An application for an original license must state the applicant’s full name and place and date of birth. This information must be verified by presentation of proof of identity. The application must include the applicant’s thumbprint or index fingerprint and a brief description of the applicant. The applicant must state the applicant’s sex; the applicant’s residence address; whether the applicant has been licensed to drive a motor vehicle before; if previously licensed, when and by what state or country; whether that license has been suspended or revoked or a license application denied; the date and reason for the suspension, revocation, or denial; whether the applicant is a citizen of the United States; and the county of residence of the applicant.

A person who is at least 15 years old but less than 18 years old must be enrolled in school to obtain a learner’s permit.

A person must be at least 18 years old to apply for a commercial driver’s license.

Applicants under age 21 must submit proof of passing an approved driver education and traffic safety course.

If the applicant owns a motor vehicle, he or she must provide proof of insurance or financial responsibility.

The following persons are exempt from holding a Texas driver’s license while operating a vehicle in the state: a person in the military forces operating an official vehicle in the scope of that service; a person operating a non-commercial road machine or piece of farm equipment on a highway; a non-resident on active duty in the U.S. Armed Forces who holds a license issued by the person’s state or Canadian province of residence; and a person who is the spouse or dependent child of a nonresident on active military duty who holds a license issued by the person’s state or province.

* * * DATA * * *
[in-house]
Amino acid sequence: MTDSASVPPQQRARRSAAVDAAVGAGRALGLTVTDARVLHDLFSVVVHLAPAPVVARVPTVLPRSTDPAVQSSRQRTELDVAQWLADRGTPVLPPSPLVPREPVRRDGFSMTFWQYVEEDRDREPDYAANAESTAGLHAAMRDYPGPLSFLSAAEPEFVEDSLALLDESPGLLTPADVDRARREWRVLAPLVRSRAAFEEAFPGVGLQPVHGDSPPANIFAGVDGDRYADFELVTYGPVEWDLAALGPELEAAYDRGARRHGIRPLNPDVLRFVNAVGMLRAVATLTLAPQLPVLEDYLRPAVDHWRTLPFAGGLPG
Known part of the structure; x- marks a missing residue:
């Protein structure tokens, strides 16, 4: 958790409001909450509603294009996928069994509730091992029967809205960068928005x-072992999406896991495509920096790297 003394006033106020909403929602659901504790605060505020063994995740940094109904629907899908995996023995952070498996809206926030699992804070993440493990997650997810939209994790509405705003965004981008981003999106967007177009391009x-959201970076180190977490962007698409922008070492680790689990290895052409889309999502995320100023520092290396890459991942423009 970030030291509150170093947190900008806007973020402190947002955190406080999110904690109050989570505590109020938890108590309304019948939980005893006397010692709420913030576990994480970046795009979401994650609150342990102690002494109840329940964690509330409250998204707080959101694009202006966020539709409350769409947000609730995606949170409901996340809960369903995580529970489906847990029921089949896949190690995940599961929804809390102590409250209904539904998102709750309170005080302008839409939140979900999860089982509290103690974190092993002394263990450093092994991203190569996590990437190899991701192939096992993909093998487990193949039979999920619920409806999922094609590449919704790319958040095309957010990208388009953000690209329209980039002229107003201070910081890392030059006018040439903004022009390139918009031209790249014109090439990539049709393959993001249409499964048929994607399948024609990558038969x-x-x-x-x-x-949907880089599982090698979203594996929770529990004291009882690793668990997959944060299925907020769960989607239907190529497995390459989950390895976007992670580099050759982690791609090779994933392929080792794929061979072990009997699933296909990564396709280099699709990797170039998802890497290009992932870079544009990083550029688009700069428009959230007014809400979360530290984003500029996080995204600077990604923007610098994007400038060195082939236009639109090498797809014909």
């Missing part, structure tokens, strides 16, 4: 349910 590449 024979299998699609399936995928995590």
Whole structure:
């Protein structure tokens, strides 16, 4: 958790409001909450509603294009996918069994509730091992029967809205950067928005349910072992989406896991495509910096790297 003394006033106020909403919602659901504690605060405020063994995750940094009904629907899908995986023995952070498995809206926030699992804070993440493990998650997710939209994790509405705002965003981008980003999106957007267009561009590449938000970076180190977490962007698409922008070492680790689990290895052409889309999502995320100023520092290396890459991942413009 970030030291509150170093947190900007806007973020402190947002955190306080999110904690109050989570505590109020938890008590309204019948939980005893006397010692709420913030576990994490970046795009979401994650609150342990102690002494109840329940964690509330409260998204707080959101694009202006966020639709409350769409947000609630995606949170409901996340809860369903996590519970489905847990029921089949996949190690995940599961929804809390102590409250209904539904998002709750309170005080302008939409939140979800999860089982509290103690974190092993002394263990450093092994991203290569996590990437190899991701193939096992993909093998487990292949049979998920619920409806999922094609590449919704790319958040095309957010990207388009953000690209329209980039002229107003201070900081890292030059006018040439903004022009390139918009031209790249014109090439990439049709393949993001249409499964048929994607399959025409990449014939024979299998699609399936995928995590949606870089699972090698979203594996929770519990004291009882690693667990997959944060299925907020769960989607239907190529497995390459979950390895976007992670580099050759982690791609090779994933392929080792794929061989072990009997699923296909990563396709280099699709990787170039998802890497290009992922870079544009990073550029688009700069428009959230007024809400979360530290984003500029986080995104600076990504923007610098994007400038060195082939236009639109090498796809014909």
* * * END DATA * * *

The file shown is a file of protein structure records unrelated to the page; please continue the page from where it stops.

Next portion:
A person who enters Texas as a new resident may operate a motor vehicle in the state for no more than 90 days after the date on which the person enters the state if the person is at least 16 years of age and has in his possession a driver’s license issued to him by his state or country of previous residence.

A non-resident who is at least 18 years old and who has in his possession a license issued to him by his state or country of residence that is recognized by the DPS that is similar to a Class A or Class B driver’s license issued by the state of Texas is not required to hold a Class A or Class B driver’s license if that state or country of residence recognizes a Class A or Class B license issued by the state of Texas and exempts the holder from securing a license issued by the state or foreign country.

A non-resident who is at least 16 years old and who holds a driver’s license issued by the person’s state or Canadian province of residence may operate a type of motor vehicle that is permitted to be operated with a Class C or Class M driver’s license in Texas if the license held by the non-resident permits operation of that type of vehicle in the person’s state or province of residence.

All original applicants for driver’s licenses must present proof of identity satisfactory to the DPS including a valid or expired Texas driver’s license or identification with photo; a U.S. passport; a U.S. citizenship certificate with identifiable photo; an INS document with verified data and identifiable photo; a valid photo driver’s license or identification issued by another U.S. state, Puerto Rico, the District of Columbia, or a Canadian province; or a U.S. military ID card with an identifiable photo.

A person must notify the DPS of a change of address or change of name within 30 days.

License normally includes a photograph.

License does not include a social security or social insurance number.


Driver’s License Renewal

A driver’s license expires on the 1st birthday of the license holder occurring after the 6th anniversary of the date of the application. A provisional license expires the earlier of the 18th birthday of the license holder or the 1st birthday of the license holder occurring after the date of the application. An instruction permit expires on the 1st birthday of the license holder occurring after the date of the application.